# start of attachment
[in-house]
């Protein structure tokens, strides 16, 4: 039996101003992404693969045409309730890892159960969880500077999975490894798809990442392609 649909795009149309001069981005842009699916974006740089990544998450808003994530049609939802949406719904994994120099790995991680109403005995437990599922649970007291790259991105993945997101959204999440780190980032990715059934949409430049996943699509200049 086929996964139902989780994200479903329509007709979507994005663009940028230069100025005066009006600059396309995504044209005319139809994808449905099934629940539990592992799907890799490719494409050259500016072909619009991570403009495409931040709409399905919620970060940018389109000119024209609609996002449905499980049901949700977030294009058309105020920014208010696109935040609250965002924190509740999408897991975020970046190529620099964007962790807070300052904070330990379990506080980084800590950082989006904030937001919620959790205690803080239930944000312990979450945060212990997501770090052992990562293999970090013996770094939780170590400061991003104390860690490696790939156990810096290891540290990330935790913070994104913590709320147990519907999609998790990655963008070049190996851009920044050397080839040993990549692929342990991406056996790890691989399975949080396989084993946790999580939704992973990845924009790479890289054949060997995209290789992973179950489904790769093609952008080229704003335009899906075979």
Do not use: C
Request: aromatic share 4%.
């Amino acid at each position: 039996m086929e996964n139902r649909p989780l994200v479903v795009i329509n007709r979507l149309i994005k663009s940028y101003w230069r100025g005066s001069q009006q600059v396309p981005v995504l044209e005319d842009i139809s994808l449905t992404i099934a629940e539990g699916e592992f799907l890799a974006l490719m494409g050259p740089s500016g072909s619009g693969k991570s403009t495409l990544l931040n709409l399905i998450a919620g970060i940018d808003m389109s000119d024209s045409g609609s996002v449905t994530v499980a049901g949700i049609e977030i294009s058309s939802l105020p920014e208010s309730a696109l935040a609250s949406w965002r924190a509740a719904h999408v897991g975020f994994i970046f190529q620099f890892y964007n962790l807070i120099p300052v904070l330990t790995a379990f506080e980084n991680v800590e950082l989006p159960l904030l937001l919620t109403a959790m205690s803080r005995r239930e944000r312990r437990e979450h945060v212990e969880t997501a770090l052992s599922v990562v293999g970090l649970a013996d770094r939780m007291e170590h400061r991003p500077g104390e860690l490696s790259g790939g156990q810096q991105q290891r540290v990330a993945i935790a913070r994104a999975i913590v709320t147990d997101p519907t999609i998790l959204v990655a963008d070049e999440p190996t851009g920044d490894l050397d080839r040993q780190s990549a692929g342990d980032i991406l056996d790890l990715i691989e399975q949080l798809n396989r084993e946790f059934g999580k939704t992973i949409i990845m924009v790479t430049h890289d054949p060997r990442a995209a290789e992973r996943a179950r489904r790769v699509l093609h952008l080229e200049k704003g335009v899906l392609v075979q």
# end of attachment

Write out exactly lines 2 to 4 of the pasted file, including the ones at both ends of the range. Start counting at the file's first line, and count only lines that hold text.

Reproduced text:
């Protein structure tokens, strides 16, 4: 039996101003992404693969045409309730890892159960969880500077999975490894798809990442392609 649909795009149309001069981005842009699916974006740089990544998450808003994530049609939802949406719904994994120099790995991680109403005995437990599922649970007291790259991105993945997101959204999440780190980032990715059934949409430049996943699509200049 086929996964139902989780994200479903329509007709979507994005663009940028230069100025005066009006600059396309995504044209005319139809994808449905099934629940539990592992799907890799490719494409050259500016072909619009991570403009495409931040709409399905919620970060940018389109000119024209609609996002449905499980049901949700977030294009058309105020920014208010696109935040609250965002924190509740999408897991975020970046190529620099964007962790807070300052904070330990379990506080980084800590950082989006904030937001919620959790205690803080239930944000312990979450945060212990997501770090052992990562293999970090013996770094939780170590400061991003104390860690490696790939156990810096290891540290990330935790913070994104913590709320147990519907999609998790990655963008070049190996851009920044050397080839040993990549692929342990991406056996790890691989399975949080396989084993946790999580939704992973990845924009790479890289054949060997995209290789992973179950489904790769093609952008080229704003335009899906075979």
Do not use: C
Request: aromatic share 4%.